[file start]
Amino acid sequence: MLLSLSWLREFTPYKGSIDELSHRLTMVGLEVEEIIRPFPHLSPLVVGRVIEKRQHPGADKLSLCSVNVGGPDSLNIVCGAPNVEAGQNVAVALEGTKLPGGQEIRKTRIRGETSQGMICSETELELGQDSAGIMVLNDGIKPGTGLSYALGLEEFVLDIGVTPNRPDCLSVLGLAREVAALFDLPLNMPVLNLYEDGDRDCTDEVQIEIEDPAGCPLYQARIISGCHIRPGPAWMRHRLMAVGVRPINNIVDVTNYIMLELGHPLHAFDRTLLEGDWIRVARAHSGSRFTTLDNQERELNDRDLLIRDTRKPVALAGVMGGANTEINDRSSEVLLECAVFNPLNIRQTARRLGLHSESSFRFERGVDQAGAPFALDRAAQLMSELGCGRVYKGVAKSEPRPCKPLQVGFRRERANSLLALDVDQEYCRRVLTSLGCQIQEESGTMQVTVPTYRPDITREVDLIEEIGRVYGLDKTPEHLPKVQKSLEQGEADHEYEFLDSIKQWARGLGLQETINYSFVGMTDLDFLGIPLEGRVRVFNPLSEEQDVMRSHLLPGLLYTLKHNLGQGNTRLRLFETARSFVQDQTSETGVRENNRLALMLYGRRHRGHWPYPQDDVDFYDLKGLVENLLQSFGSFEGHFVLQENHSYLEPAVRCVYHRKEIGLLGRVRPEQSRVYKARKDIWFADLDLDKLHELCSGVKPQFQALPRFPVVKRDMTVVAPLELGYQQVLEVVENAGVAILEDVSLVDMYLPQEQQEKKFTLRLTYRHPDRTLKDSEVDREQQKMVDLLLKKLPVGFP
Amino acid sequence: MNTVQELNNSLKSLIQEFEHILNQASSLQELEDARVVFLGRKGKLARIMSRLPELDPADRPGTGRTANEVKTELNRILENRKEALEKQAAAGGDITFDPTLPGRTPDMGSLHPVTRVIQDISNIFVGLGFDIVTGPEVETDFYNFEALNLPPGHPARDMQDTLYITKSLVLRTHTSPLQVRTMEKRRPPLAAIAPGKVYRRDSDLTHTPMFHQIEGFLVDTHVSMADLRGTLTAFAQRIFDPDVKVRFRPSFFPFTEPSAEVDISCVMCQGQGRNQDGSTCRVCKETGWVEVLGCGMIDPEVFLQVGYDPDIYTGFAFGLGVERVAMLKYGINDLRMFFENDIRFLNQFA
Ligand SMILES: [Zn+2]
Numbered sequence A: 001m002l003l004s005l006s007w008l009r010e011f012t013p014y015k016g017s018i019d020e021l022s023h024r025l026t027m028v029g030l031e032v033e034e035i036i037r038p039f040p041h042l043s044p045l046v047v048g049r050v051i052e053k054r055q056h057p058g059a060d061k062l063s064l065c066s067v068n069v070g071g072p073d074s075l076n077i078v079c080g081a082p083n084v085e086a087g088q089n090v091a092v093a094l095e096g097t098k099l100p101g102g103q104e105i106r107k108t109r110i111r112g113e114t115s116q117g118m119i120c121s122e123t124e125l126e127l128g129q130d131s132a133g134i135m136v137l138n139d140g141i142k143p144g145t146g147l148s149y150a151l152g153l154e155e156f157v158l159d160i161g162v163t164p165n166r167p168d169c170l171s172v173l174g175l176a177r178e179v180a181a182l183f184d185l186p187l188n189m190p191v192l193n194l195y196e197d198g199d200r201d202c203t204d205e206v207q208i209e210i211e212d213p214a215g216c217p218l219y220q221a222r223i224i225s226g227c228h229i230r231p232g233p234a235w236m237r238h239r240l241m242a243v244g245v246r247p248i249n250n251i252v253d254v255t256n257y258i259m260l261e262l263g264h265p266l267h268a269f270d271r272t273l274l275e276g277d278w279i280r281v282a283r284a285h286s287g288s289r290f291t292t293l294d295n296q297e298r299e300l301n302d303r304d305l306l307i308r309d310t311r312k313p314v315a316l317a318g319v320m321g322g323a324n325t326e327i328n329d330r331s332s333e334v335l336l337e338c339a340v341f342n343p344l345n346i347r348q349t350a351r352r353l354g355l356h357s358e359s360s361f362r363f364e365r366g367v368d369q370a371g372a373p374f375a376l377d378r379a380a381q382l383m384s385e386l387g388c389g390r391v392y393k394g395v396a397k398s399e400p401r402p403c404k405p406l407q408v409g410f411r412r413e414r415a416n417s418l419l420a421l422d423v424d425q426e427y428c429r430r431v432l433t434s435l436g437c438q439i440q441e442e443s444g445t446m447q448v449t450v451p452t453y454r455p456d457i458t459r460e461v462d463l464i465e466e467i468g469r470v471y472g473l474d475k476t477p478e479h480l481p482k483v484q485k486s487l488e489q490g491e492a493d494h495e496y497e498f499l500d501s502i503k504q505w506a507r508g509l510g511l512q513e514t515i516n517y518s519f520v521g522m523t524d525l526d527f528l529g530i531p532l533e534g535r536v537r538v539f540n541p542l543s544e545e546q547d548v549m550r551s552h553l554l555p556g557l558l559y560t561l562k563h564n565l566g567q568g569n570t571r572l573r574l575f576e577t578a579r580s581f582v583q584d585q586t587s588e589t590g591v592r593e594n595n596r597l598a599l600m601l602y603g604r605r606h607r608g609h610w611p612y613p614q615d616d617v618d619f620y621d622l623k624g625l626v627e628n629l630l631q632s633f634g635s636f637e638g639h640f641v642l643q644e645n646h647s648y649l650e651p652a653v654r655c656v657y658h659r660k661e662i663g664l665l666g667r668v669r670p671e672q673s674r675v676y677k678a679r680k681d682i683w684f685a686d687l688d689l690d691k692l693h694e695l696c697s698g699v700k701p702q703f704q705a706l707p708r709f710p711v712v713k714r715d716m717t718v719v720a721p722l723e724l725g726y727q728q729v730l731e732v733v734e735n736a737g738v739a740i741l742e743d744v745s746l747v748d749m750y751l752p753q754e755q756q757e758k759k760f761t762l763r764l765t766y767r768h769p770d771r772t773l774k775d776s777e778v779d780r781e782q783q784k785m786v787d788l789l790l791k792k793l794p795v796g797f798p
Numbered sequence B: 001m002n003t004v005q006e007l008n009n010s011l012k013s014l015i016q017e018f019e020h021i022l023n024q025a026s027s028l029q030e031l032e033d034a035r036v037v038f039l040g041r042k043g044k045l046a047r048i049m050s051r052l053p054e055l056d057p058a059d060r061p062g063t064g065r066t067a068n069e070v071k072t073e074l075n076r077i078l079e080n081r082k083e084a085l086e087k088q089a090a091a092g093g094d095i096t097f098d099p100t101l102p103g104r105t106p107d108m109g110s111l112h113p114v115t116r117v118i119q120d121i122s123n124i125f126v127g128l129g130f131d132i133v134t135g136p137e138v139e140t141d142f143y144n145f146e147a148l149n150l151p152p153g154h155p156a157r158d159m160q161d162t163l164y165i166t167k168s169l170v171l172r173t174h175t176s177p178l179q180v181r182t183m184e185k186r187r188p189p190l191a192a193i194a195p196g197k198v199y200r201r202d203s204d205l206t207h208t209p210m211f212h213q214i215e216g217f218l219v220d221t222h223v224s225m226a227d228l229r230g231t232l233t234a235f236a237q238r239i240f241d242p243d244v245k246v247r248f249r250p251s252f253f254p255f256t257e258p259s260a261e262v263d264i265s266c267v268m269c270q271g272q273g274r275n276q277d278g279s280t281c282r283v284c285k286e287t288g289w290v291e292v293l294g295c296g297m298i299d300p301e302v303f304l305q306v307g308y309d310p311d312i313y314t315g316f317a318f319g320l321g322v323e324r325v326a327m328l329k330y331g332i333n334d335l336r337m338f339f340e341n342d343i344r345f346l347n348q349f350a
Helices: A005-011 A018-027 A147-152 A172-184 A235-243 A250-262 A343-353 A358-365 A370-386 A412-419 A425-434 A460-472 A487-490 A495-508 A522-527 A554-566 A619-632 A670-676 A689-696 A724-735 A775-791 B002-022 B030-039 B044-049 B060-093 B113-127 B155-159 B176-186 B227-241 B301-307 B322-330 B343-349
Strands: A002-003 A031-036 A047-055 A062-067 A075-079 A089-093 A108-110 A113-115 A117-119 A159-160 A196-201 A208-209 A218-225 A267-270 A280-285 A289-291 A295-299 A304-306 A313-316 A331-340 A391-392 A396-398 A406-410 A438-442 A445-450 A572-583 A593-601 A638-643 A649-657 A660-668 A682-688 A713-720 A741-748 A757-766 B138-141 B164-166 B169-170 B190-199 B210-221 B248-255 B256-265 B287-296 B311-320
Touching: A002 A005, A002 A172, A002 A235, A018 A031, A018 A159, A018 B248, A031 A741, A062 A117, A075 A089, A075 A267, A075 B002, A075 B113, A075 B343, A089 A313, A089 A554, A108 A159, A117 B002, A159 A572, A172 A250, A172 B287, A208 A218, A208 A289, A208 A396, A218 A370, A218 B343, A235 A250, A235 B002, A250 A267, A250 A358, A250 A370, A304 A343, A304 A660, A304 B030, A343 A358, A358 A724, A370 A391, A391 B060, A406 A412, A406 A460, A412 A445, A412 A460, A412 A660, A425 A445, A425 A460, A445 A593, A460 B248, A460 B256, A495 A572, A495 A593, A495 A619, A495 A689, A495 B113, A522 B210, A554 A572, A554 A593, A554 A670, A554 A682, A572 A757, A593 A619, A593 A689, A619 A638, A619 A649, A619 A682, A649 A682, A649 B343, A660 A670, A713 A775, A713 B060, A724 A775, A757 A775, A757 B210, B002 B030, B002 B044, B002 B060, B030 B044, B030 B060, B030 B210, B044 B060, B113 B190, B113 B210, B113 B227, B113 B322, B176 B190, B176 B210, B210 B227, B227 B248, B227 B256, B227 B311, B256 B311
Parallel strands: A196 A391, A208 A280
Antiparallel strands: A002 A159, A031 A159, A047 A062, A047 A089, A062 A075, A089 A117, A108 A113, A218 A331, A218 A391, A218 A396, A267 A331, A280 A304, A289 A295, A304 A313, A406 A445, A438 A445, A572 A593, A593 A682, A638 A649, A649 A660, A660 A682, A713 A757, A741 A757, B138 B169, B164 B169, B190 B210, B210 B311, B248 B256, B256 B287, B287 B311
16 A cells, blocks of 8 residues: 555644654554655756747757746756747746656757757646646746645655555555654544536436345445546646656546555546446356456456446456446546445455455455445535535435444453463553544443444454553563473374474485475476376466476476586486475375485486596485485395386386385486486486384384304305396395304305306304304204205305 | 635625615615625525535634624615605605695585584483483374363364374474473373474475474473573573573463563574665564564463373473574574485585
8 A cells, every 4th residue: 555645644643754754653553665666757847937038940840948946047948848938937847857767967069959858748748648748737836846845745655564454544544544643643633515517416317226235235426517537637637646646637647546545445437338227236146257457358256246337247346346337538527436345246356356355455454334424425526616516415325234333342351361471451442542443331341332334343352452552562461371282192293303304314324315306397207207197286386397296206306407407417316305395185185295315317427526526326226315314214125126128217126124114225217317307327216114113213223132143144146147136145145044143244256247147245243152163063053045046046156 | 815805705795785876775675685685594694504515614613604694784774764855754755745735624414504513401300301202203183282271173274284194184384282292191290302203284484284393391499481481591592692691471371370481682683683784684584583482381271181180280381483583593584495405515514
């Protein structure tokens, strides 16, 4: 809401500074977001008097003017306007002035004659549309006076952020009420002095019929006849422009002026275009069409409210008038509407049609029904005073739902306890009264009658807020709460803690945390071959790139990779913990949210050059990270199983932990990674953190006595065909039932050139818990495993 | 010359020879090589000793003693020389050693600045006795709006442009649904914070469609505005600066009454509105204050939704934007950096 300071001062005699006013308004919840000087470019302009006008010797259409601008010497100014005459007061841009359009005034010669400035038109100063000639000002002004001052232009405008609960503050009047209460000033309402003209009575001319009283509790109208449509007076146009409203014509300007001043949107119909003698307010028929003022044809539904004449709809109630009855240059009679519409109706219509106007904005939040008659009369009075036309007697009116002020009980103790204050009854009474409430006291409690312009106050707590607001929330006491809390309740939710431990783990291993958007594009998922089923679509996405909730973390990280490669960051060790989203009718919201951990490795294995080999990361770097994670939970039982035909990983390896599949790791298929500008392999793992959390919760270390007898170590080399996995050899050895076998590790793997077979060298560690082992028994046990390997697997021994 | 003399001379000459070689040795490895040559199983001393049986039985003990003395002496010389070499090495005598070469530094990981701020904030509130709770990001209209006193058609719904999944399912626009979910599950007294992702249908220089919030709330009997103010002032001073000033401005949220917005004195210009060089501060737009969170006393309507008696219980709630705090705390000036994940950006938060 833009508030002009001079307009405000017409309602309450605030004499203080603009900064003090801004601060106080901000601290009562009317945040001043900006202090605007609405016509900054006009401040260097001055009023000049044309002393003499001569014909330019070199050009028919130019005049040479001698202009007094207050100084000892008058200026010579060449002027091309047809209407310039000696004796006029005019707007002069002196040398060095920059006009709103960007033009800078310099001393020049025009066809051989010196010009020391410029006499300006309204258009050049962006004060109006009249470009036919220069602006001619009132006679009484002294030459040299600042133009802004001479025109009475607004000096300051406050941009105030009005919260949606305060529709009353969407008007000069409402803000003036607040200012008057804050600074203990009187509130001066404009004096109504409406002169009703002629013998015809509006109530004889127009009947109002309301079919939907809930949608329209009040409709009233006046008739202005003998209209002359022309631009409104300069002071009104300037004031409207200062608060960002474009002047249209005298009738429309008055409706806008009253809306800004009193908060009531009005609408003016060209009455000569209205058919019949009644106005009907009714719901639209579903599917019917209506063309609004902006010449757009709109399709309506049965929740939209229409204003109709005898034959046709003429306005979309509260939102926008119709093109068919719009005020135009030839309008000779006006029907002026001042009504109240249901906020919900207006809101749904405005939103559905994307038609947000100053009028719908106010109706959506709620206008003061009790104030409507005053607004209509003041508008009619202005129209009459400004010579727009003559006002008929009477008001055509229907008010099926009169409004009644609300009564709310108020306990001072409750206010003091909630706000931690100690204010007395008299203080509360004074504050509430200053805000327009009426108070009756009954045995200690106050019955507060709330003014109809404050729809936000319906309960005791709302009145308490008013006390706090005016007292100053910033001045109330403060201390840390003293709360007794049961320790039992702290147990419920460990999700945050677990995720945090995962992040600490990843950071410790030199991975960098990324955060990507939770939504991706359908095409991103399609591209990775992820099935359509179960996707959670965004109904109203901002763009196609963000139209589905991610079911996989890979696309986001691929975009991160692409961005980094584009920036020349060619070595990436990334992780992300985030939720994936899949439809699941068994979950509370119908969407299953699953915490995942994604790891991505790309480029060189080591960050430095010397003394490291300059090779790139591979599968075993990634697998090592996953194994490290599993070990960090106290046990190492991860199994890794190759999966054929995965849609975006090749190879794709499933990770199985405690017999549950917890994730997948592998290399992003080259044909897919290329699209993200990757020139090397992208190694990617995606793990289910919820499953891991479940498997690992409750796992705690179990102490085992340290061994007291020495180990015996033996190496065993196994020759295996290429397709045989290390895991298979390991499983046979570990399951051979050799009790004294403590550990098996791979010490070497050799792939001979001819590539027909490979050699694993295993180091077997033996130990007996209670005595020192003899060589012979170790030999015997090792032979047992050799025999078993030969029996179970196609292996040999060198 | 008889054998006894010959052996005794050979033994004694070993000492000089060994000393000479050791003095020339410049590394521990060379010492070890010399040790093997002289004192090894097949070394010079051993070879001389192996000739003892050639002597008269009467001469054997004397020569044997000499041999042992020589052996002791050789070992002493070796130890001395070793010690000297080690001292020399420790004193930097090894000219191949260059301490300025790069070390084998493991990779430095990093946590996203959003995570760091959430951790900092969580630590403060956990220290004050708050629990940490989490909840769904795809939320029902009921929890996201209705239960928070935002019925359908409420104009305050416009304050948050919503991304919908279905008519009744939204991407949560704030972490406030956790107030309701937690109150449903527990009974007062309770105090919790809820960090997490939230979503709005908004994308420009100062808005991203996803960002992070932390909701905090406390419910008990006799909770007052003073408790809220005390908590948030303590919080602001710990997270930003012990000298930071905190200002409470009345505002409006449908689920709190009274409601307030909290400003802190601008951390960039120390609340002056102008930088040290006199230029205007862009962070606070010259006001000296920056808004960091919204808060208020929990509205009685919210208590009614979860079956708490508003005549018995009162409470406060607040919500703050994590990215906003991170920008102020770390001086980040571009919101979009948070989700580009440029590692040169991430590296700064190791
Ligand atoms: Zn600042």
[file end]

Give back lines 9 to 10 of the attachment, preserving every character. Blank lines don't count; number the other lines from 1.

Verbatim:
Parallel strands: A196 A391, A208 A280
Antiparallel strands: A002 A159, A031 A159, A047 A062, A047 A089, A062 A075, A089 A117, A108 A113, A218 A331, A218 A391, A218 A396, A267 A331, A280 A304, A289 A295, A304 A313, A406 A445, A438 A445, A572 A593, A593 A682, A638 A649, A649 A660, A660 A682, A713 A757, A741 A757, B138 B169, B164 B169, B190 B210, B210 B311, B248 B256, B256 B287, B287 B311